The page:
The Sting of the Hawke: Collision in the Solent (Paperback)
On the 20th of September 1911 the White Star Liner RMS Olympic, coming out of Southampton Water, was making a turn to port around the West Bramble buoy in the Solent. At the same time, HMS Hawke, a protected cruiser of the Royal Navy, was making a turn to starboard around Egypt Point, a prominent landmark on the north end of the Isle of Wight. As the two vessels completed their respective turns they steadied on what appeared to be almost parallel courses with Olympic accelerating rapidly towards her full ahead speed for restricted waters. As Olympic drew ahead of Hawke, the much smaller cruiser unexpectedly veered sharply to port, as if her helm was starboarded, and struck the massive White Star Liner in her starboard quarter. As a result of the collision, both vessels suffered severe damage and had to return to port for repairs. As a result of the damages to Olympic, the maiden voyage of her sister ship Titanic was delayed from the 20th of March to the 10th of April while considerable labor, parts and materials were diverted to repair Olympic. That delay in Titanic's schedule later proved to be fatal.At the trial that followed the collision in the Solent, both sides blamed the other for the mishap. Olympic claimed that Hawke was an overtaking vessel coming up from behind, and as such should have given way to Olympic. Hawke claimed that Olympic was a crossing vessel, and having Hawke on her starboard side, was obligated to give way to Hawke. During the one-sided Admiralty hearings held in Portsmouth only two days after the collision, it came out that Hawke's helm had jammed at a critical moment just as an uncontrollable force seemed to pull Hawke toward the much more massive ocean liner. At the Court trial that followed in November, the Admiralty claimed that Olympic made too wide a turn around the buoy bringing her too close to the port side of the cruiser, and the suction created by Olympic's close proximity and excessive speed caused the cruiser to swerve uncontrollably to port thereby bringing about the collision. What really happened that September day in 1911 in the Solent? Was it a simple case of hydrodynamic suction or negligent navigation on part of one or both vessels? For the first time, the events leading up to this collision are examined in great detail, with the claims of both sides thoroughly analyzed to see what was possible and what was not. Based on all the evidence presented, a most likely scenario of what really happened in the Solent that day is presented showing the minute-by-minute movements of each vessel before and after the collision. Finally, the question of could the collision have been prevented is critically analyzed.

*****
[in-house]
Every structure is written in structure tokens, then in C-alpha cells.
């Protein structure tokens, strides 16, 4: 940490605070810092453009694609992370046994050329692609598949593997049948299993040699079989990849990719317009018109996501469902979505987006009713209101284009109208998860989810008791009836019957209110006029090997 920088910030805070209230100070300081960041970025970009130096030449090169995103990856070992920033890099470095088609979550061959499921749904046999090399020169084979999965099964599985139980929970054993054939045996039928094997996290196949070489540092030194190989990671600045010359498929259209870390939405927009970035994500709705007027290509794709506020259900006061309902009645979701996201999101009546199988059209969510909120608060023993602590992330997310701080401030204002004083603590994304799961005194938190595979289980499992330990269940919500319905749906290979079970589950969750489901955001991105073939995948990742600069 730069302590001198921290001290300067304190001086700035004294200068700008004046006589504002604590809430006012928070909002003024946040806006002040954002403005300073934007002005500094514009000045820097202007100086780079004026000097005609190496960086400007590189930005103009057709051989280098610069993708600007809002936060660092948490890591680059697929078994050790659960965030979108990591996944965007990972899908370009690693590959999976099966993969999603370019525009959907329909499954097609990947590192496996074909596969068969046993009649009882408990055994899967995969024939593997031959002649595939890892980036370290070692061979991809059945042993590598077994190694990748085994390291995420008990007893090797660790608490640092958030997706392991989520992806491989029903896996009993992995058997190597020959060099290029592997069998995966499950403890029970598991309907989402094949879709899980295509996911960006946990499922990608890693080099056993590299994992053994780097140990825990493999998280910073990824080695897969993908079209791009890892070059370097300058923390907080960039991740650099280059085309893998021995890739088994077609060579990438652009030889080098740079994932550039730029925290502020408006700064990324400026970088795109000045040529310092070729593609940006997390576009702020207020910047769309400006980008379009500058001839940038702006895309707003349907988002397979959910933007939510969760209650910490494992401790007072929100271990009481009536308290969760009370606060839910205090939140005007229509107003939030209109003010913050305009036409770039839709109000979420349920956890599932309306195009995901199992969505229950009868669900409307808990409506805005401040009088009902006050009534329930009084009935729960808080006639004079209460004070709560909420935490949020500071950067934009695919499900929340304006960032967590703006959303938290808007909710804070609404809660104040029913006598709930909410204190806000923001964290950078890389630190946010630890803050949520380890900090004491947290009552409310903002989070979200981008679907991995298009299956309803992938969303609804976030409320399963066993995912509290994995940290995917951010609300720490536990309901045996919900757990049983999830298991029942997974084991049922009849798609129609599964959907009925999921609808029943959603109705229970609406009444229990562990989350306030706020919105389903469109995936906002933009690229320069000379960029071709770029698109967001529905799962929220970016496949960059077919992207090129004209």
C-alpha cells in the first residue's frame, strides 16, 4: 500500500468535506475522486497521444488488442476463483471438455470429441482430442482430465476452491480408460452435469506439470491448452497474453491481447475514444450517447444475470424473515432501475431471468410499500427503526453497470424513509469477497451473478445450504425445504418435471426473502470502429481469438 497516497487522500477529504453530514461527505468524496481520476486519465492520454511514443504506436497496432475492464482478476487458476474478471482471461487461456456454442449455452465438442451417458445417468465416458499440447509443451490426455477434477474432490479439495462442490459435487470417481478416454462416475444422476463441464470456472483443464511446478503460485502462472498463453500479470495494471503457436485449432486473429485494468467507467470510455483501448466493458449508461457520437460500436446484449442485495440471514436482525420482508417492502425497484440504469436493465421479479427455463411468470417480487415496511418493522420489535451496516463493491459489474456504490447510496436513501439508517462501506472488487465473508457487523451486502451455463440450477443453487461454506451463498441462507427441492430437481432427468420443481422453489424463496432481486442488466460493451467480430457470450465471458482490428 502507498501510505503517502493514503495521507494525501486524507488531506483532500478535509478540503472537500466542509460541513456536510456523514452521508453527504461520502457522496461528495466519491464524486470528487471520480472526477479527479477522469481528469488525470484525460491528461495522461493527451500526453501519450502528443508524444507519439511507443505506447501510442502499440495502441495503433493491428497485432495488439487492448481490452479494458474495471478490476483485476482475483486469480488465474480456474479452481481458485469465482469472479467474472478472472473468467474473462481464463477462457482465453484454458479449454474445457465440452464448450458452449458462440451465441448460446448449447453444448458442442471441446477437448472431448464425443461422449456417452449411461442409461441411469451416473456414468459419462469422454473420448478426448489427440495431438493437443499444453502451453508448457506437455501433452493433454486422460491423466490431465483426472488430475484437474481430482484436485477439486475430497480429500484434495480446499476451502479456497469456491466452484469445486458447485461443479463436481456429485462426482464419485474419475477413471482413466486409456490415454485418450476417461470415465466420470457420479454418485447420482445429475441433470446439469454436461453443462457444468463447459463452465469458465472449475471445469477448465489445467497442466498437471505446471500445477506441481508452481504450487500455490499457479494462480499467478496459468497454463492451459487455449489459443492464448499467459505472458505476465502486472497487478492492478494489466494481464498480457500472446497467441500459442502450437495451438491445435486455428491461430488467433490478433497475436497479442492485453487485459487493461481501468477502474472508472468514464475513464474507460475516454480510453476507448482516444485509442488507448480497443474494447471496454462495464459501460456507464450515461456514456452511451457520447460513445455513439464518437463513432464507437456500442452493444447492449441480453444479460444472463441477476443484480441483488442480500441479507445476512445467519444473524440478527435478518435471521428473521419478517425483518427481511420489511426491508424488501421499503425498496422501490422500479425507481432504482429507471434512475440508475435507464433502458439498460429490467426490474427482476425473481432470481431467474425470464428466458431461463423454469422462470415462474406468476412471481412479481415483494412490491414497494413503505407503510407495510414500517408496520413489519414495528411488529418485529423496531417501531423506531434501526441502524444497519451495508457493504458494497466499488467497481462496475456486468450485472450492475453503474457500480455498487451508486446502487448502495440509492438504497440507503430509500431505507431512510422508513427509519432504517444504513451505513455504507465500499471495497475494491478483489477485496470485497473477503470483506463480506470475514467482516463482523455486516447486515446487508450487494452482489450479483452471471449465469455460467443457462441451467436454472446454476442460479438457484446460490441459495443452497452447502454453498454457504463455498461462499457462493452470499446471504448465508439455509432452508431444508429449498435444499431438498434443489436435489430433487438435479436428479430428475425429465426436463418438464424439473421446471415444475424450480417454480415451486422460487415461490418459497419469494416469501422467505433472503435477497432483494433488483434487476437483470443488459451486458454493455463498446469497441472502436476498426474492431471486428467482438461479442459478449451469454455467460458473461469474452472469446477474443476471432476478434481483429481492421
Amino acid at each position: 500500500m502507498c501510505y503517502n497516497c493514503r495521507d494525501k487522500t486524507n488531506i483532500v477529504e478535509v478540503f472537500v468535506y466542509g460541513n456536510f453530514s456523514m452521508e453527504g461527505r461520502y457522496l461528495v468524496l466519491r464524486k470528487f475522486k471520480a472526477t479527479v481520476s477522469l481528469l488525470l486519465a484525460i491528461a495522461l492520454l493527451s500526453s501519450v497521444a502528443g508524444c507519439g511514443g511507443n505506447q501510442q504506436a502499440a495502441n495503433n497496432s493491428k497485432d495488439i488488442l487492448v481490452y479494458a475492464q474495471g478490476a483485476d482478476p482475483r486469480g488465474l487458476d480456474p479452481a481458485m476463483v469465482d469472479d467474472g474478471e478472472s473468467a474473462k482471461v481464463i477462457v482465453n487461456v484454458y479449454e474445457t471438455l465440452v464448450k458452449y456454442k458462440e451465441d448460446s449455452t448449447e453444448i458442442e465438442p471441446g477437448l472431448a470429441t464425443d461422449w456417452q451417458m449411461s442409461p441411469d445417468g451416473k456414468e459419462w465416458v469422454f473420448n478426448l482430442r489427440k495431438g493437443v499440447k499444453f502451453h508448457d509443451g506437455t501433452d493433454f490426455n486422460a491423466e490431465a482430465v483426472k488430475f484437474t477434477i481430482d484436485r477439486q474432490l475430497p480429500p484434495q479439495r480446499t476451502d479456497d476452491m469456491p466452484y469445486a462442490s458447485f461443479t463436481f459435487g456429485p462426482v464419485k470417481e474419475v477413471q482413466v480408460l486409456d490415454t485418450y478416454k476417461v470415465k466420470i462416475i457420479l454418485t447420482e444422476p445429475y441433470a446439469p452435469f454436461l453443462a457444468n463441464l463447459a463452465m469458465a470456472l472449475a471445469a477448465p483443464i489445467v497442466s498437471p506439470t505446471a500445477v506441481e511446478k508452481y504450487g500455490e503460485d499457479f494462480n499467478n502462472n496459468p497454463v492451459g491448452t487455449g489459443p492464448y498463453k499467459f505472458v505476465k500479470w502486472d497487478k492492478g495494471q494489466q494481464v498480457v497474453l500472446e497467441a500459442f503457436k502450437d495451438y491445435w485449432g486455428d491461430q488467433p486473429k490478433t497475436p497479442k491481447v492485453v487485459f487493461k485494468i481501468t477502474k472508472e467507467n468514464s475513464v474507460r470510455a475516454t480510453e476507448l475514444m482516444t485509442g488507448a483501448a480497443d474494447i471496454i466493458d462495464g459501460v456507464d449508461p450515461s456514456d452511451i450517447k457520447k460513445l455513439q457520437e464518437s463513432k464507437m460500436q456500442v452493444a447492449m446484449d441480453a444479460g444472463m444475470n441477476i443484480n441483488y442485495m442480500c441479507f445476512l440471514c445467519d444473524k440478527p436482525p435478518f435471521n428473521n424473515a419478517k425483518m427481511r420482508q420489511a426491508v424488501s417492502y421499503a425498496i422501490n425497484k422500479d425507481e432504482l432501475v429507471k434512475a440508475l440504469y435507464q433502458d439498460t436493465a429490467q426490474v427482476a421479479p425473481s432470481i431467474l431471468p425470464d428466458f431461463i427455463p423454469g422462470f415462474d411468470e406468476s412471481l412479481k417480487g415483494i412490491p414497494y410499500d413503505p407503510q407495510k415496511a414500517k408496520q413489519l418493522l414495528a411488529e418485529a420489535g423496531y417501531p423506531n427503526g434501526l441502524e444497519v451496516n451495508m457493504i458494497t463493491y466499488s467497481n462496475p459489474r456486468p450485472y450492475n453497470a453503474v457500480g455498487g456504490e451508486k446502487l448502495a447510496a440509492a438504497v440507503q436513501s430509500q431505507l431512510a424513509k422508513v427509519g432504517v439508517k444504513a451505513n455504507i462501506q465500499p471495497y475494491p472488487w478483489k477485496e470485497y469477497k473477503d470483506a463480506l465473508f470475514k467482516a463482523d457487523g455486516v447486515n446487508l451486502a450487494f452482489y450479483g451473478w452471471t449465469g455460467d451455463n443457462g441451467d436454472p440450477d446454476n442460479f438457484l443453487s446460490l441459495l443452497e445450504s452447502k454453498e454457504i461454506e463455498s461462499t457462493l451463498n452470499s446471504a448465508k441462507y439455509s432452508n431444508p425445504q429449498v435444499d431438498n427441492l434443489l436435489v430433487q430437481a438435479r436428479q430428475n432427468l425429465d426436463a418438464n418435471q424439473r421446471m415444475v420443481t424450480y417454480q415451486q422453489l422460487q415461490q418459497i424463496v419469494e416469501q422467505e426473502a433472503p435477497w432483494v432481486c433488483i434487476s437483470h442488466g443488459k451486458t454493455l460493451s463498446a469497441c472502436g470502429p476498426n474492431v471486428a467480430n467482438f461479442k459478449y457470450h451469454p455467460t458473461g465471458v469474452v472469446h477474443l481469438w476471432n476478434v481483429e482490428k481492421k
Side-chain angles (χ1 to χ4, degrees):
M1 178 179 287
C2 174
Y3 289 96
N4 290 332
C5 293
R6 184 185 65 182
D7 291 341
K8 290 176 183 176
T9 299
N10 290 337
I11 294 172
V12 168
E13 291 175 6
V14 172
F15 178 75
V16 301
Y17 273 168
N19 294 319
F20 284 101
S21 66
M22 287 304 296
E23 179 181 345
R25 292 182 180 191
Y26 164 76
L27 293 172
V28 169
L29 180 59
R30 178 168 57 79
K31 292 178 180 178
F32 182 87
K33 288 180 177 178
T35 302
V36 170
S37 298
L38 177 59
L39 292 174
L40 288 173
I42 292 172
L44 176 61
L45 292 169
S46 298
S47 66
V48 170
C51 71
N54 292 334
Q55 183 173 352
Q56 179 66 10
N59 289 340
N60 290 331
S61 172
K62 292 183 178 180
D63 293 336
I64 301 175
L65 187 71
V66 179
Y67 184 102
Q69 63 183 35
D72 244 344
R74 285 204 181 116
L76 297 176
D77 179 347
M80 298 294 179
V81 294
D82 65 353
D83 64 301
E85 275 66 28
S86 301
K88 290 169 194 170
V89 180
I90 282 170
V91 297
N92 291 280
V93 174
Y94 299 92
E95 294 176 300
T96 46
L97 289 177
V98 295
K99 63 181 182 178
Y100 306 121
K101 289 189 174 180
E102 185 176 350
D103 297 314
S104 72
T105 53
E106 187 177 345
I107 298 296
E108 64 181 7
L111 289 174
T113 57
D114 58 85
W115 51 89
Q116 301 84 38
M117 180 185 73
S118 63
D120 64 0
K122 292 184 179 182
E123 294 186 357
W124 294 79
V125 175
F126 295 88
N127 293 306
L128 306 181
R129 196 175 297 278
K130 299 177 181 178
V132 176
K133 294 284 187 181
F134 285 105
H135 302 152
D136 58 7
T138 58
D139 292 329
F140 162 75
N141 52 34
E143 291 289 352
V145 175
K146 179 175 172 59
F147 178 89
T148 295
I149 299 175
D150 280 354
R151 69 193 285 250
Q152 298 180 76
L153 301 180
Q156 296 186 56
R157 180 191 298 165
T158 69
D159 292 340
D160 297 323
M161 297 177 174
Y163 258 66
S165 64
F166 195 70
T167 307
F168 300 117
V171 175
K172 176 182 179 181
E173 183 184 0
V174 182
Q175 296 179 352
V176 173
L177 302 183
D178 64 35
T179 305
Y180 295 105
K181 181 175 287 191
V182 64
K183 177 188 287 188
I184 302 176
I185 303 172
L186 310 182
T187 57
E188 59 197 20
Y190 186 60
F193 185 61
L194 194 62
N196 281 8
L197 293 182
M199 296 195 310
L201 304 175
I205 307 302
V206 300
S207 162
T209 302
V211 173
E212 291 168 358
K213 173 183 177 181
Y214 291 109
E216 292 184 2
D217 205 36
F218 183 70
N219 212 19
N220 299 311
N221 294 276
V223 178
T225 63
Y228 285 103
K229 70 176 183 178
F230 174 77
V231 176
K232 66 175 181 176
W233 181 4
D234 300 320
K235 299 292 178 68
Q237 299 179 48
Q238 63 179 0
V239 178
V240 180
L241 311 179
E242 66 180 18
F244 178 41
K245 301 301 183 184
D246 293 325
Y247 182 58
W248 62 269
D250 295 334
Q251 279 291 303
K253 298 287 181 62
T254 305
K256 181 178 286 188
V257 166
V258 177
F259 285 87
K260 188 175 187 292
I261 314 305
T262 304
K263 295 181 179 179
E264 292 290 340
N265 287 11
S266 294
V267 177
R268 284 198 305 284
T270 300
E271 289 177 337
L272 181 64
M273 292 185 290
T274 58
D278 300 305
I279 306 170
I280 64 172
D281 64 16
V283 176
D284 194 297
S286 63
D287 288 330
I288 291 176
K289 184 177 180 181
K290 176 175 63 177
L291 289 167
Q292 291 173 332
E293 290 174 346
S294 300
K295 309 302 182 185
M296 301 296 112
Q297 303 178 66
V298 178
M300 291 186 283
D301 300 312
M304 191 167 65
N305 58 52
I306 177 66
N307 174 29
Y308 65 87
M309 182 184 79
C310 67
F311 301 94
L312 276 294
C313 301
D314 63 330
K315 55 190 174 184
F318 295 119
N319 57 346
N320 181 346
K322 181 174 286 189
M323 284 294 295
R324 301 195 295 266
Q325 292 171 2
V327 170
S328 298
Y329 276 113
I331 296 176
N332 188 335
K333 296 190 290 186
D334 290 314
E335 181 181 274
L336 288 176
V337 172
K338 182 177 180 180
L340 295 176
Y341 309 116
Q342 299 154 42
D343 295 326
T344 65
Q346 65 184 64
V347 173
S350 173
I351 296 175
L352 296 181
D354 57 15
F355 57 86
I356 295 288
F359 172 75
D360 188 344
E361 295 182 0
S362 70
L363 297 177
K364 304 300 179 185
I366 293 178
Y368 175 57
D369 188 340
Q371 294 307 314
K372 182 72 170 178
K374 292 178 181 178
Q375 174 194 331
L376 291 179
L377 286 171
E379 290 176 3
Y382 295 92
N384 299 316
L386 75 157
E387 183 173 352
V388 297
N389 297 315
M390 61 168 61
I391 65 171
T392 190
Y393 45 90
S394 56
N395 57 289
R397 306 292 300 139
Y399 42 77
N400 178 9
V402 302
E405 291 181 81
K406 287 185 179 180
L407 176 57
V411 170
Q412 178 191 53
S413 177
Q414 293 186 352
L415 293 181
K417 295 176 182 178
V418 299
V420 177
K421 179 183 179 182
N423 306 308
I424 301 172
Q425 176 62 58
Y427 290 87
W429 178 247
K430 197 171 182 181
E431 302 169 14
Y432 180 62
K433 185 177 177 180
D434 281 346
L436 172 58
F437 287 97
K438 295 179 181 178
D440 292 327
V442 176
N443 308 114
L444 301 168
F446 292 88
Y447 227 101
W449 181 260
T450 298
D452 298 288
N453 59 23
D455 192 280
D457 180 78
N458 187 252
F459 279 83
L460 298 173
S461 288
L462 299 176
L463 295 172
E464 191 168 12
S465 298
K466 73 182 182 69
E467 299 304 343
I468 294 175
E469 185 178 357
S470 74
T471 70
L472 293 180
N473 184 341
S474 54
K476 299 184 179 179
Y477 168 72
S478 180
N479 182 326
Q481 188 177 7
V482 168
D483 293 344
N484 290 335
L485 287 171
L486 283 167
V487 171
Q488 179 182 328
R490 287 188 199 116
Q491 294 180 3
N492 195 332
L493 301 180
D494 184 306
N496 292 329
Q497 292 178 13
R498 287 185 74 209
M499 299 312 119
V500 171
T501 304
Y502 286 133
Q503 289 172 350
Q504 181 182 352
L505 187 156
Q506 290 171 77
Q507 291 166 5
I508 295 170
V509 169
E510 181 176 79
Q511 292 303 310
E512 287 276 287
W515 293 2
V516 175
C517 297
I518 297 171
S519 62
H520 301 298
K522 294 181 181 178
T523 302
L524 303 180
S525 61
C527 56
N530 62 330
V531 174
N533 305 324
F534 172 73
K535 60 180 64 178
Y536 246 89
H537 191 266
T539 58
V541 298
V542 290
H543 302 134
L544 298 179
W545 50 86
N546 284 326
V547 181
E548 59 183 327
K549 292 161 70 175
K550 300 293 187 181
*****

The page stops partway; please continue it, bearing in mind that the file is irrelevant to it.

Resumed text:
Samuel Halpern is a systems engineer and technologist by profession, with a longstanding interest in steamships and sailing vessels, the study of naval architecture and the practice of celestial and coastal navigation. He has been involved with the study of Titanic for many years, and is the principal author of the book Report Into the Loss of the SS Titanic - A Centennial Reappraisal (The History Press, 2011). In addition to Titanic, Sam has conducted an in-depth analysis and report into the 1956 collision between Stockholm and Andrea Doria that was presented at the Maine Maritime Academy and is also available on his Titanicology website. Mark Chirnside is an accomplished researcher and historian. He has authored a number of books about Olympic, Titanic and Britannic and several other vessels including Aquitania, Majestic and others. He is one of several co-authors of the book Report Into the Loss of the SS Titanic - A Centennial Reappraisal (The History Press, 2011). His website, Mark Chirnside's Reception Room, contains a wealth of information with links to many of his articles and papers.